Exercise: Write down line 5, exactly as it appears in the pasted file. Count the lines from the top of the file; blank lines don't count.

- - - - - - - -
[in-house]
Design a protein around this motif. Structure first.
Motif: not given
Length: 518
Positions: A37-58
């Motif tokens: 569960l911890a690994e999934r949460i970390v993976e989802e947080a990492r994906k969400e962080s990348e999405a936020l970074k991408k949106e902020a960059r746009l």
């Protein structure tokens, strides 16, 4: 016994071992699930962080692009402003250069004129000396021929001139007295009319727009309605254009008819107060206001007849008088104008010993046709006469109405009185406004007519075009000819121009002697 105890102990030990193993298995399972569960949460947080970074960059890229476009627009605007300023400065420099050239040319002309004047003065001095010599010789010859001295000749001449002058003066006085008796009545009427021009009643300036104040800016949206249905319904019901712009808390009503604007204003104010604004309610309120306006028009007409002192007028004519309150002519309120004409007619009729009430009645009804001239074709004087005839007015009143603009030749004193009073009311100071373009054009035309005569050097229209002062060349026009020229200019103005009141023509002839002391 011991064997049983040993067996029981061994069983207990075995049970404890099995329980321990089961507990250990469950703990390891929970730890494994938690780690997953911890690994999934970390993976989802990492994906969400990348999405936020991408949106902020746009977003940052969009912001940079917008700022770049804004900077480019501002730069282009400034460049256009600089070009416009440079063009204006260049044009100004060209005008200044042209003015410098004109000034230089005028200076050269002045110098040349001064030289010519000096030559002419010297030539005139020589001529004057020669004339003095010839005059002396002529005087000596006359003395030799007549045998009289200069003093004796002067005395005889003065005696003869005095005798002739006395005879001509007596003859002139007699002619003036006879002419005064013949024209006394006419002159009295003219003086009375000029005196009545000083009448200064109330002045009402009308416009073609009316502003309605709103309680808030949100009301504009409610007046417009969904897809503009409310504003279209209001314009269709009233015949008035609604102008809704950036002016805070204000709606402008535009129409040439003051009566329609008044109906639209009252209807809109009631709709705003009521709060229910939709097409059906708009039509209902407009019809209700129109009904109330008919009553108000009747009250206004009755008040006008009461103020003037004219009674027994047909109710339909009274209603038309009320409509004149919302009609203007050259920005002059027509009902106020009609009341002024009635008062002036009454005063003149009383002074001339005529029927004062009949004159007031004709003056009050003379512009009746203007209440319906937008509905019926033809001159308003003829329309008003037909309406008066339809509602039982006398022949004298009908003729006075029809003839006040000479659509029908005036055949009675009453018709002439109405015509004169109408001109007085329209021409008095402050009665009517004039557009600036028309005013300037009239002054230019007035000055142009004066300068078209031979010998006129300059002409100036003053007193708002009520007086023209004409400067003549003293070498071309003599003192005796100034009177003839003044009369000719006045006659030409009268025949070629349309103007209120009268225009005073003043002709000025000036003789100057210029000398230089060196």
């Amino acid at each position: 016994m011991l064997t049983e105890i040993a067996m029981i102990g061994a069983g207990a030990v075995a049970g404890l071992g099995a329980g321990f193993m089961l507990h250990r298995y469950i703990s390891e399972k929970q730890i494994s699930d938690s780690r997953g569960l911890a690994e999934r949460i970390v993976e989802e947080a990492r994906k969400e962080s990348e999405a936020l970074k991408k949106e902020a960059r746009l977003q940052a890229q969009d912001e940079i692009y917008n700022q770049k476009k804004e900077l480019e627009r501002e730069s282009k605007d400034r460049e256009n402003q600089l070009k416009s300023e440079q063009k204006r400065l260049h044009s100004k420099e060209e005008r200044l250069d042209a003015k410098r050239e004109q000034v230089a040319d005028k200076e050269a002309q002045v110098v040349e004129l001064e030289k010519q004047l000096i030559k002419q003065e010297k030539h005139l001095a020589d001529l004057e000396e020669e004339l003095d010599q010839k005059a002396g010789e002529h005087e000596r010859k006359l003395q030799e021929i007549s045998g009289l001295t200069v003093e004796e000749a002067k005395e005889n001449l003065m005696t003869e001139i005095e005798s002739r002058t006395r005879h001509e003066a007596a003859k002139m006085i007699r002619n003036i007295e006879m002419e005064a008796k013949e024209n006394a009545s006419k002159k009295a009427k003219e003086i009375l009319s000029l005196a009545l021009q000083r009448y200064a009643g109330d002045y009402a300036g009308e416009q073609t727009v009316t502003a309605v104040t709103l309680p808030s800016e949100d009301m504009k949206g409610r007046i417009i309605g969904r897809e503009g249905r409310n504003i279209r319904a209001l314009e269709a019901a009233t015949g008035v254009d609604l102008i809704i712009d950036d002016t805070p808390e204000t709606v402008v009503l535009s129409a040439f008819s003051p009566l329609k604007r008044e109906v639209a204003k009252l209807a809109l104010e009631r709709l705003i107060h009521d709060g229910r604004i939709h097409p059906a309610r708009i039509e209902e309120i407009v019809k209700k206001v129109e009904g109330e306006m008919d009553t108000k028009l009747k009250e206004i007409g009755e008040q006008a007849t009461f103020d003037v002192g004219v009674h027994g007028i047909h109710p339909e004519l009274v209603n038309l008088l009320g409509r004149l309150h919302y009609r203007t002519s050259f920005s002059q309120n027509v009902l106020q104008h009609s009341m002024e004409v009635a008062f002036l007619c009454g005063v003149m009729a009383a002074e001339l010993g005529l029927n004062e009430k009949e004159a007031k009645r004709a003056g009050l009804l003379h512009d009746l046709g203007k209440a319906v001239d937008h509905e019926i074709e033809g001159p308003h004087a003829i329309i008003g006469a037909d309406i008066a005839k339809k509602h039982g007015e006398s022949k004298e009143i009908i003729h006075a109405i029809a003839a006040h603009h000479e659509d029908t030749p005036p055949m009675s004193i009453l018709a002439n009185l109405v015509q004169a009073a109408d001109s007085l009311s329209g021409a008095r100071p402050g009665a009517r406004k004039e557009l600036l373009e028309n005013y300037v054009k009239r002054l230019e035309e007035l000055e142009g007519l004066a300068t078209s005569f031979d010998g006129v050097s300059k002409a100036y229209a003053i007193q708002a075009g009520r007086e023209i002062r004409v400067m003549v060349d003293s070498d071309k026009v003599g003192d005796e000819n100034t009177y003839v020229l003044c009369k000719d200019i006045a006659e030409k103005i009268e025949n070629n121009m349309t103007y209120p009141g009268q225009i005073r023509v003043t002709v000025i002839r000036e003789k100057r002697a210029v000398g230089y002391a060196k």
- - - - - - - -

Positions: A37-58